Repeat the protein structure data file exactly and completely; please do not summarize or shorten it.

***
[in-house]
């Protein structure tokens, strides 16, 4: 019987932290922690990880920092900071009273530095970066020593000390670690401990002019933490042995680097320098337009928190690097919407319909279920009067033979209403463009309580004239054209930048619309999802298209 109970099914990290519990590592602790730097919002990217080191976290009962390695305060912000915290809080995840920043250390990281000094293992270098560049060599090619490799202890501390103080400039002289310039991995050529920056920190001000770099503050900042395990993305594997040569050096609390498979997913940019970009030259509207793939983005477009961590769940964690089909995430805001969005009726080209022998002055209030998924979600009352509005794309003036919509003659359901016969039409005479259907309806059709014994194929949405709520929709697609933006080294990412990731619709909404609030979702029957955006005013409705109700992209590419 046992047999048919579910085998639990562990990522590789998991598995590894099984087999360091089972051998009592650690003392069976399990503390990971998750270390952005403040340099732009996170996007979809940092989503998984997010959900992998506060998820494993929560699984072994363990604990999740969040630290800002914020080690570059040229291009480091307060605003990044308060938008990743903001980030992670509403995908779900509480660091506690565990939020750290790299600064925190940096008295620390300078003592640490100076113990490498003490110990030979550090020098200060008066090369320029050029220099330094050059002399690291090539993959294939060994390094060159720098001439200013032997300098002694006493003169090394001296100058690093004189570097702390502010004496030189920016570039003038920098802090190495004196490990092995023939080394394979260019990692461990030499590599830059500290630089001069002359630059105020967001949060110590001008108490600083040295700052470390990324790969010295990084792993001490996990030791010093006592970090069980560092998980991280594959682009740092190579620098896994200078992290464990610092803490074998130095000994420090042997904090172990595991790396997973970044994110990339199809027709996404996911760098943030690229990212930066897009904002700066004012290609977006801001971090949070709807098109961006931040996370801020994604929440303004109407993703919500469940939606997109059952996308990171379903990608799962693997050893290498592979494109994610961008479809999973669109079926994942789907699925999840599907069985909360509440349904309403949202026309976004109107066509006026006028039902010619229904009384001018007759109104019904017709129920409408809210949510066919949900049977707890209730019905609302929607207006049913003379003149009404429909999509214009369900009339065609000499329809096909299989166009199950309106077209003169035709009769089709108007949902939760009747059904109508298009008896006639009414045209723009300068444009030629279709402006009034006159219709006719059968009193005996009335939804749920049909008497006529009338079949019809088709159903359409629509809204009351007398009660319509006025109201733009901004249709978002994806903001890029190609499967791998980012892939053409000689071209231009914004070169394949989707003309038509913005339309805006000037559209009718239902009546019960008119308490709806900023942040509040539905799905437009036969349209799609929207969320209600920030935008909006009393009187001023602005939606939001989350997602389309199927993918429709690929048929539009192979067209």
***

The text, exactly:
[in-house]
């Protein structure tokens, strides 16, 4: 019987932290922690990880920092900071009273530095970066020593000390670690401990002019933490042995680097320098337009928190690097919407319909279920009067033979209403463009309580004239054209930048619309999802298209 109970099914990290519990590592602790730097919002990217080191976290009962390695305060912000915290809080995840920043250390990281000094293992270098560049060599090619490799202890501390103080400039002289310039991995050529920056920190001000770099503050900042395990993305594997040569050096609390498979997913940019970009030259509207793939983005477009961590769940964690089909995430805001969005009726080209022998002055209030998924979600009352509005794309003036919509003659359901016969039409005479259907309806059709014994194929949405709520929709697609933006080294990412990731619709909404609030979702029957955006005013409705109700992209590419 046992047999048919579910085998639990562990990522590789998991598995590894099984087999360091089972051998009592650690003392069976399990503390990971998750270390952005403040340099732009996170996007979809940092989503998984997010959900992998506060998820494993929560699984072994363990604990999740969040630290800002914020080690570059040229291009480091307060605003990044308060938008990743903001980030992670509403995908779900509480660091506690565990939020750290790299600064925190940096008295620390300078003592640490100076113990490498003490110990030979550090020098200060008066090369320029050029220099330094050059002399690291090539993959294939060994390094060159720098001439200013032997300098002694006493003169090394001296100058690093004189570097702390502010004496030189920016570039003038920098802090190495004196490990092995023939080394394979260019990692461990030499590599830059500290630089001069002359630059105020967001949060110590001008108490600083040295700052470390990324790969010295990084792993001490996990030791010093006592970090069980560092998980991280594959682009740092190579620098896994200078992290464990610092803490074998130095000994420090042997904090172990595991790396997973970044994110990339199809027709996404996911760098943030690229990212930066897009904002700066004012290609977006801001971090949070709807098109961006931040996370801020994604929440303004109407993703919500469940939606997109059952996308990171379903990608799962693997050893290498592979494109994610961008479809999973669109079926994942789907699925999840599907069985909360509440349904309403949202026309976004109107066509006026006028039902010619229904009384001018007759109104019904017709129920409408809210949510066919949900049977707890209730019905609302929607207006049913003379003149009404429909999509214009369900009339065609000499329809096909299989166009199950309106077209003169035709009769089709108007949902939760009747059904109508298009008896006639009414045209723009300068444009030629279709402006009034006159219709006719059968009193005996009335939804749920049909008497006529009338079949019809088709159903359409629509809204009351007398009660319509006025109201733009901004249709978002994806903001890029190609499967791998980012892939053409000689071209231009914004070169394949989707003309038509913005339309805006000037559209009718239902009546019960008119308490709806900023942040509040539905799905437009036969349209799609929207969320209600920030935008909006009393009187001023602005939606939001989350997602389309199927993918429709690929048929539009192979067209």